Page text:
Terrorist fears in Brazil delay opening of new Jewish center
The opening of a Jewish center on the site of a 17th-century synagogue in Brazil has been indefinitely postponed after Brazil’s president refused to attend a dedication ceremony because he feared a possible terrorist attack.
The center in the city of Recife, where the Zur Israel Synagogue once stood, is slated to host public lectures and an exhibit on Jewish immigration to Brazil.
Jewish leaders were disappointed by the decision made by Fernando Henrique Cardoso and his vice president, Marco Maciel, which came days before Sunday’s ceremony was scheduled to take place.
“All the invitations for the inauguration were already sent out. We had to cancel it over the phone,” said Bernardo Schvartz, an engineer who oversaw the renovation.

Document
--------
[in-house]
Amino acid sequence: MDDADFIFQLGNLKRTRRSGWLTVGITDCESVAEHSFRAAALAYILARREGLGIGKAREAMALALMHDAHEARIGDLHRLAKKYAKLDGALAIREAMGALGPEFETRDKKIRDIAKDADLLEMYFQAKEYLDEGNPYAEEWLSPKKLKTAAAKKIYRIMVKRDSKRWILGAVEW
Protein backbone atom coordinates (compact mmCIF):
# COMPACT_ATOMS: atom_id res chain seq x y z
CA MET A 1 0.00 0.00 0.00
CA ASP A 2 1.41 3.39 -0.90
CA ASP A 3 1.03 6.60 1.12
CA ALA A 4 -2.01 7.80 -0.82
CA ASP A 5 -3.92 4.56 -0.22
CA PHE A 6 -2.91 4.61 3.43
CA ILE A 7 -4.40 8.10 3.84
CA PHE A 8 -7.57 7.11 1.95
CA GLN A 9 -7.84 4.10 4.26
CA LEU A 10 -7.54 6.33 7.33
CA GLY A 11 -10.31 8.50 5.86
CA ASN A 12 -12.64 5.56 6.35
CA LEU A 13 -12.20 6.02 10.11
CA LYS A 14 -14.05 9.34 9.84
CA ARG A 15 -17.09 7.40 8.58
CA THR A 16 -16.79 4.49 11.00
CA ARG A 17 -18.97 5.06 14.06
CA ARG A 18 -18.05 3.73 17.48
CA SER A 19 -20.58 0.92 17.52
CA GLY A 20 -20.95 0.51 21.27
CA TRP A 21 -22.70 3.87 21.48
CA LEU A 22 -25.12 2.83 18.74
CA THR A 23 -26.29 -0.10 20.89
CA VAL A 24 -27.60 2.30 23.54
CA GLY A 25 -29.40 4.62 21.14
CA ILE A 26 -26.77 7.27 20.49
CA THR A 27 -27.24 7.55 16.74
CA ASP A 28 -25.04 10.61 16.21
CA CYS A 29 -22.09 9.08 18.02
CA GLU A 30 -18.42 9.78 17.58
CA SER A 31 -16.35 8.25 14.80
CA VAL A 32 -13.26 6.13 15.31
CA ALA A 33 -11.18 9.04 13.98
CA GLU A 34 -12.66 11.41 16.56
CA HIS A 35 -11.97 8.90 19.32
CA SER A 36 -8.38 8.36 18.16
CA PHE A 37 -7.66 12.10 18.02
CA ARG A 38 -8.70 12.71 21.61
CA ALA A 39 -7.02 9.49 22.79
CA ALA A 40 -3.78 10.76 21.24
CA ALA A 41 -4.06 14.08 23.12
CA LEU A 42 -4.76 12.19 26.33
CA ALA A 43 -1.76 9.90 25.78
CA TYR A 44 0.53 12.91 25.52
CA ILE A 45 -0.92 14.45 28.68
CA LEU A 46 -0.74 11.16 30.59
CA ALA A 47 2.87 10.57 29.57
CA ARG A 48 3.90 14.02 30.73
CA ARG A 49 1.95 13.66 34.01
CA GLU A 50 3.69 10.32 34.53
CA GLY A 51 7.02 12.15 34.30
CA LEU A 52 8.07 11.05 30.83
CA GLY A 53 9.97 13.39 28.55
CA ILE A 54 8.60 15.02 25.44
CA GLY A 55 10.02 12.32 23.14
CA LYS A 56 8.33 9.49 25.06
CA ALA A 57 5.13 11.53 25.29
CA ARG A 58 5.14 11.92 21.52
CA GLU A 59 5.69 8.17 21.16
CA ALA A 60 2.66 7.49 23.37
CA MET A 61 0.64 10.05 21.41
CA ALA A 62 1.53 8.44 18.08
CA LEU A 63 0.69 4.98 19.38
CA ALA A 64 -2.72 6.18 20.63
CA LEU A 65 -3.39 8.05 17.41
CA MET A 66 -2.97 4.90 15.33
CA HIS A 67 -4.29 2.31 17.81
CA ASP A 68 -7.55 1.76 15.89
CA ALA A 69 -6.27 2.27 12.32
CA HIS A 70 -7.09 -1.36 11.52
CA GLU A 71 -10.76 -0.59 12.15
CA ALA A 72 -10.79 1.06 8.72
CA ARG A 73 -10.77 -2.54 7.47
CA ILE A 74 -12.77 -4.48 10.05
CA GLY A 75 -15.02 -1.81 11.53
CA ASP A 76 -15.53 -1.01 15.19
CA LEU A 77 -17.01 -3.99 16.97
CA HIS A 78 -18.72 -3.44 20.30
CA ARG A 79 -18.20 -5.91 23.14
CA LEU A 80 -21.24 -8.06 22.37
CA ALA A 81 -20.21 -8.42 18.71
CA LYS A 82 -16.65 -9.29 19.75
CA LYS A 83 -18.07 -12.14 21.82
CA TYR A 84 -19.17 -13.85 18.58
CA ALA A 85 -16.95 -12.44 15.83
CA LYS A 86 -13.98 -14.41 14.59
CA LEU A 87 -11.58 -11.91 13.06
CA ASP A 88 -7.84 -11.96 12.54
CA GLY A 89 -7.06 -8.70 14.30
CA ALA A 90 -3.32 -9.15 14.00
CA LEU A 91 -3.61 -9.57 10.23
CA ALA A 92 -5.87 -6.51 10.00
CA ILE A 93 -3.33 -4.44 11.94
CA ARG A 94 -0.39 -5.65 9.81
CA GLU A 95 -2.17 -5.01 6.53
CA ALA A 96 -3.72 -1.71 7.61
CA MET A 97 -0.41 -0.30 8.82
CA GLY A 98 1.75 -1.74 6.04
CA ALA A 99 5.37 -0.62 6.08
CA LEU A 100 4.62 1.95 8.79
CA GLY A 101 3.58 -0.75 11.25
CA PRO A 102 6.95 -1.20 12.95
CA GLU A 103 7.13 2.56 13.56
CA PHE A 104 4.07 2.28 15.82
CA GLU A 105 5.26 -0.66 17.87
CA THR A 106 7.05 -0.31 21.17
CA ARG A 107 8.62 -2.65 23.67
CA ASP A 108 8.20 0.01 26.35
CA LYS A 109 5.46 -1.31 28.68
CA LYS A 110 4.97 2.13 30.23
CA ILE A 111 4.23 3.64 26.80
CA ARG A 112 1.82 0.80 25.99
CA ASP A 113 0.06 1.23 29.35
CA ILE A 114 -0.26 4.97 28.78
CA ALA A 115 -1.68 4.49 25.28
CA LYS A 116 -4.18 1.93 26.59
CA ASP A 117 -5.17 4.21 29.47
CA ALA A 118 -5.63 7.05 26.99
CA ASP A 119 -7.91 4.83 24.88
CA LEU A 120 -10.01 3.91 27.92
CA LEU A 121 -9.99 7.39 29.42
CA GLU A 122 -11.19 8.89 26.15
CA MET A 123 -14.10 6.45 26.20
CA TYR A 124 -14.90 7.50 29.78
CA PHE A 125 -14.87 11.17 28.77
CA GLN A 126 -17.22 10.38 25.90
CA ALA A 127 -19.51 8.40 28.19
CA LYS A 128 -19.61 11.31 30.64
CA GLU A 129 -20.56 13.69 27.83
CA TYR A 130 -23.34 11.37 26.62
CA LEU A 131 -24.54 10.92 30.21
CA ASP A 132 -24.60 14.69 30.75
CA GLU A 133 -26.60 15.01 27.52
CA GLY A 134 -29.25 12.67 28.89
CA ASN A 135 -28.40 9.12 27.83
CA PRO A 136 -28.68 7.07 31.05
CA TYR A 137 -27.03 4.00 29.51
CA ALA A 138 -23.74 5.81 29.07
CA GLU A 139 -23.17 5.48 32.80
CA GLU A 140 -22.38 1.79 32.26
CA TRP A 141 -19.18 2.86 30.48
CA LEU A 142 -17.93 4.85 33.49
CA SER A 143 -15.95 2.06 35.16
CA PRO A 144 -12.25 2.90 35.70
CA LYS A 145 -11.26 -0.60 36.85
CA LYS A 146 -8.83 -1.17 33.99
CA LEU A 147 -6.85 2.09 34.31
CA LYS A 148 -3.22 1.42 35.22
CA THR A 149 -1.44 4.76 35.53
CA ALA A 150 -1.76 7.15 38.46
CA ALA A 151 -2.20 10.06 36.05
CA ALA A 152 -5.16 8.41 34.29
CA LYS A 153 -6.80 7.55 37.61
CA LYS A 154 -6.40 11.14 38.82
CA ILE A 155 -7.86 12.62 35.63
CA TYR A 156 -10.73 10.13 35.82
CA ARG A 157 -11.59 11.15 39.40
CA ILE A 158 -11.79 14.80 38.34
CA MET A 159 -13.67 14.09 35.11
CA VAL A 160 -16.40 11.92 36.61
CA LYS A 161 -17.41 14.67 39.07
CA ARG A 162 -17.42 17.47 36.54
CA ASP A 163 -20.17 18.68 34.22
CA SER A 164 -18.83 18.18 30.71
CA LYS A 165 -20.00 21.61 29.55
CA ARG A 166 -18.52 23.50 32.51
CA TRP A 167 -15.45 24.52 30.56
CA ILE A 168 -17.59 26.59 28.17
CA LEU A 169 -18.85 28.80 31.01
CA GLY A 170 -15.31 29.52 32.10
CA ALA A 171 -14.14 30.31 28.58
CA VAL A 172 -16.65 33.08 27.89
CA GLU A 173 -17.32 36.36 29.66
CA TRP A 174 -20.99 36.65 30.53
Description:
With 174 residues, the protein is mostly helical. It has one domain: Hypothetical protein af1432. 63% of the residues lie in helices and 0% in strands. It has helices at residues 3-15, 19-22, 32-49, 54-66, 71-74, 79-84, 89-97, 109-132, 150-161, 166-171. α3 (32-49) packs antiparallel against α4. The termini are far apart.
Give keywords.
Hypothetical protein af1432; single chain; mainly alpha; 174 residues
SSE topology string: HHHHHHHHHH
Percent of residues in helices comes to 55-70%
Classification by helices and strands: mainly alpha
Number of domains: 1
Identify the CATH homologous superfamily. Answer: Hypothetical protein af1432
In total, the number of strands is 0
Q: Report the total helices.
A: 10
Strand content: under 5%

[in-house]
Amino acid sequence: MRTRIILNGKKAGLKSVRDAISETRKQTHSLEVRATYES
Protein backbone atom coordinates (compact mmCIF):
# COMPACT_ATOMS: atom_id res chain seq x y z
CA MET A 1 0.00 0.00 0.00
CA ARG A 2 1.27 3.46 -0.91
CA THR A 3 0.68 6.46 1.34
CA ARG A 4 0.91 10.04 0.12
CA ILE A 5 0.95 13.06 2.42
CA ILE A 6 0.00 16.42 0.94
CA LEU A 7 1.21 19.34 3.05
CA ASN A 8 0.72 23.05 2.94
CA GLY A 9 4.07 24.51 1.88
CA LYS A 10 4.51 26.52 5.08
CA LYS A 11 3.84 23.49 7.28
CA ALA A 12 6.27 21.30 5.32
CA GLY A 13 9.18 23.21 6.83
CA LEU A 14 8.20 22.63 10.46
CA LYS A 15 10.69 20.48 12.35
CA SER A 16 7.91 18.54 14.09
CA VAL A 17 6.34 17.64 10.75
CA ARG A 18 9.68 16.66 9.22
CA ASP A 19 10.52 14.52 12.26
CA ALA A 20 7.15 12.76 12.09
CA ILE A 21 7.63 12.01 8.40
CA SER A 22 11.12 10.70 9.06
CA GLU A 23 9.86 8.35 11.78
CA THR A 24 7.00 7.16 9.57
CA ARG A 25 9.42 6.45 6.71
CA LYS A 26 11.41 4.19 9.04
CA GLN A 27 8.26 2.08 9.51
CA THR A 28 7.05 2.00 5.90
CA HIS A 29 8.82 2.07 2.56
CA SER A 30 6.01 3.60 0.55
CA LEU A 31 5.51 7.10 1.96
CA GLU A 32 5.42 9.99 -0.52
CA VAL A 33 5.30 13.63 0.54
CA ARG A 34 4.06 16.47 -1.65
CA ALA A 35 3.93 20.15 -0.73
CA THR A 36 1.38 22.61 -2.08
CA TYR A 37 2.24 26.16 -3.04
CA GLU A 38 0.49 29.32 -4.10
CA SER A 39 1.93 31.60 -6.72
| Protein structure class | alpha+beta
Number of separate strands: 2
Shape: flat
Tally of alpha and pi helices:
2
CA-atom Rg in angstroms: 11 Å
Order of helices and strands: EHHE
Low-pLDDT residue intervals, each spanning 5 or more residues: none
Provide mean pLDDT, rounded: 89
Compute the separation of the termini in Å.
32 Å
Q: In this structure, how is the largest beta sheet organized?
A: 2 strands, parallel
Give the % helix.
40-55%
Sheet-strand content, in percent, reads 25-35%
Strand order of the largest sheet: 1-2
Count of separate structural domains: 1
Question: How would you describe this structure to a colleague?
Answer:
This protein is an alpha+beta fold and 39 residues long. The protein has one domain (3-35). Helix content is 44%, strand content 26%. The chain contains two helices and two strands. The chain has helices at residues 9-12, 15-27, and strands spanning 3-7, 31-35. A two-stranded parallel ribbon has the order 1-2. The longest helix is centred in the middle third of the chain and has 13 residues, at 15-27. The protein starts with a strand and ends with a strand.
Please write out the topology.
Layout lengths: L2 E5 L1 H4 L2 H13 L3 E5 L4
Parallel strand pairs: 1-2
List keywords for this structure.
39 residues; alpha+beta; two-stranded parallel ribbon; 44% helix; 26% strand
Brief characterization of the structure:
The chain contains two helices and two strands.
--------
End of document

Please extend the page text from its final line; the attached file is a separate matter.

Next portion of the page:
The impetus for the Jewish center, which is part of a neighborhood redevelopment project, came after remains of the synagogue’s mikvah were found.
The second floor of the center, which is furnished with newly crafted period furniture, was rebuilt according to the synagogue’s original specifications
Approximately 1,500 Jews live in Recife, which has two other functioning synagogues.
The synagogue was used between 1641 and 1654, when it served many in the Brazilian Jewish community.
After that time, the building housed Catholic institutions.
Much of the community fled in 1654 for the American colonies after the Portuguese ended Dutch rule in Brazil and told both Dutch and Jews to leave.
The center was funded by the Brazilian government, the city of Recife and the Joseph Safra Foundation.